TOP TIPS FOR YOUR FIRST SOLO CAMPING TRIP-panergy
1. WORK YOUR WAY UP TO GOING SOLO
Your first solo camping trip absolutely should not be to some vast wilderness area. As they say, practice makes perfect, and you don’t want to overwhelm yourself your first time out. Solo camping requires a lot of different skills and starting out small is the best route to take.
Solo camping is best for those who have been camping with a group many times before. It is also a good idea to go solo camping in familiar areas that you know well to limit the possibility of getting lost or encountering an unexpected danger.
Gradually work your way up to more difficult camping situations. For example, if you want to work on your fire-starting skills, it is best to bring some backup tools in case you have trouble with your flint. Even skilled campers sometimes run into issues, so it’s best to learn basic skills first.
It won’t take long before you find yourself taking longer trips into more wild places, but make sure your skills are up to snuff first.
2. FEEL CONFIDENT ABOUT YOUR CAMPING SKILLS
Knowing the basics is crucial to camping alone, but you need to feel like your skill level goes beyond a beginner’s.
To successfully camp alone, you need to know how to do these important solo camping activities:
- Pitch a tent
- Build a fire
- Clean water, in case your supply runs out and you need to rely on creek water
- Set up camp
- Outdoor Fan
- Handle run-ins with wildlife, including big predators like bears
- Forecast weather so you do not end up stuck in a storm
- Deal with injuries and other things requiring first aid
Other things would be great to know before going out on your own, but the above list is the bare minimum you must be able to check off before you even think about heading out solo.
3. DON’T JUST GO FOR A NIGHT OR TWO
Sleeping alone in the wilderness is going to be uncomfortable. You’re somewhere new and unfamiliar and there is a lot your brain can trick you into worrying about. If you are only giving yourself a night or two on your solo journey, then you’re not going to reach the level of full enjoyment you’re after.
After a couple of restless nights, you’ll finally reach a point where you either become more comfortable or just so exhausted that you will be able to sleep much better.
4. LEARN HOW TO KEEP YOUR MIND CALM
One of the biggest hurdles of solo camping for many people is being alone in the woods, especially at night. It does not matter how many times we remind ourselves that monsters and Bigfoot are — probably — made up. As soon as the sun goes down and it is time to crawl into your sleeping bag, every snapping twig will still make you jump — at first. Over time, you’ll learn to recognize the sounds of the forest, and your comfort level will only increase.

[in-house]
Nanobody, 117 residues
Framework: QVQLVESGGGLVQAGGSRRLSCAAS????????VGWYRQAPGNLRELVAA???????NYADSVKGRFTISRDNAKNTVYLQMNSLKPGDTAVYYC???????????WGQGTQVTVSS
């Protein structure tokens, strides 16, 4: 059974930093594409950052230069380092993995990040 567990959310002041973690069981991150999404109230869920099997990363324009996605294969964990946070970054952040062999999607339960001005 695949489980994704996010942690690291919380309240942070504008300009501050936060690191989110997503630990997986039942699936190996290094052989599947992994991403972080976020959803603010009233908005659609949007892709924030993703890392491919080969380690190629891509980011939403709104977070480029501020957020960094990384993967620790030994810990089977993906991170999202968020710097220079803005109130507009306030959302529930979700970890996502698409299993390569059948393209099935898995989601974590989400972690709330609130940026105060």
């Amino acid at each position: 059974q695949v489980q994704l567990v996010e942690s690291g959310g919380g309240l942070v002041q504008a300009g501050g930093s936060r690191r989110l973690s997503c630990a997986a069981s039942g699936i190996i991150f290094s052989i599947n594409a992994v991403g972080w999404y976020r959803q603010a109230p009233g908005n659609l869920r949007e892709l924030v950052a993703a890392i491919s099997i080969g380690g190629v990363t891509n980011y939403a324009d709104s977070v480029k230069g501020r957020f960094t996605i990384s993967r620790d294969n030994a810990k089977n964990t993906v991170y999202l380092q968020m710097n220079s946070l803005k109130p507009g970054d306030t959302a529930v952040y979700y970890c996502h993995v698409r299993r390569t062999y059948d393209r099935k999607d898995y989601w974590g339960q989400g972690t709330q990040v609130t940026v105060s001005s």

There is no magic solution to getting over those fears, and they will probably always remain to some degree. The only way to get more comfortable is to spend time in the woods alone. You can try a strategy for coping with camping anxiety — mentally reassure yourself that everything is OK. If you start to feel overwhelmed from the panic setting in, give yourself a pep talk out loud. No one is around to hear you talking to yourself and think you sound silly.
Once you are at a point where you’re confident in your solo camping skill set, you can start to add additional activities to your excursions. Paddling and mountain biking are two great ways to add more excitement and fun to a solo trip into the wilderness.
5. LIGHTEN YOUR LOAD
Since you only have yourself to pack things in and out, be mindful of what you bring. You only need enough for yourself, so be realistic about what you pack for your camping.
Rather than lugging in a tent and a sleeping pad, many solo campers opt for a hammock that only requires the addition of a sleeping bag. If you prefer a tent, pick a lightweight one meant for one person.
6. PICK SOMEWHERE CLOSE INSTEAD OF A FARAWAY PLACE
As a solo camping beginner, it is a good idea to pick a spot close to your home or one that is familiar. The further you go from what you know, the more distance you put between yourself and people who can help you, memorized trail systems and the comforts you have already come to know.
In fact, before going on your trip, head out to the area for a day hike or a bike ride to scout it out and get a feel for it. Knowing your camping area well will be an immense help in you feeling comfortable and relaxed.
7. SHARE YOUR PLANS WITH SOMEONE
As any camping guide worth their salt will advise — always tell someone you trust where you are going and what your camping itinerary looks like before leaving for a solo camping trip. Always give somebody a heads up before heading into the woods.
If something were to go wrong, knowing that someone can send help is a huge relief. This way, you can avoid a situation where you have to rely on your cell phone during an emergency. At the very least, someone needs to know the day you are leaving, the day you are coming back and where you are going.
8. TAKE SAFETY PRECAUTIONS
It is always better to be safe than sorry, especially when you’re out in the wilderness alone. Bring some sort of emergency device, satellite phone or a personal locator beacon with you. A satellite phone is a great way to check in with friends or family back home once in a while so they can rest easy knowing you’re safe.
If you plan to hike or explore the area around your campsite while solo camping, make sure not to take any unnecessary risks. An injury as simple as a sprained ankle will be something you simply won’t want to deal with. Remind yourself to move more slowly through the environment to minimize your risk of injury and allow you to really appreciate the beauty of nature.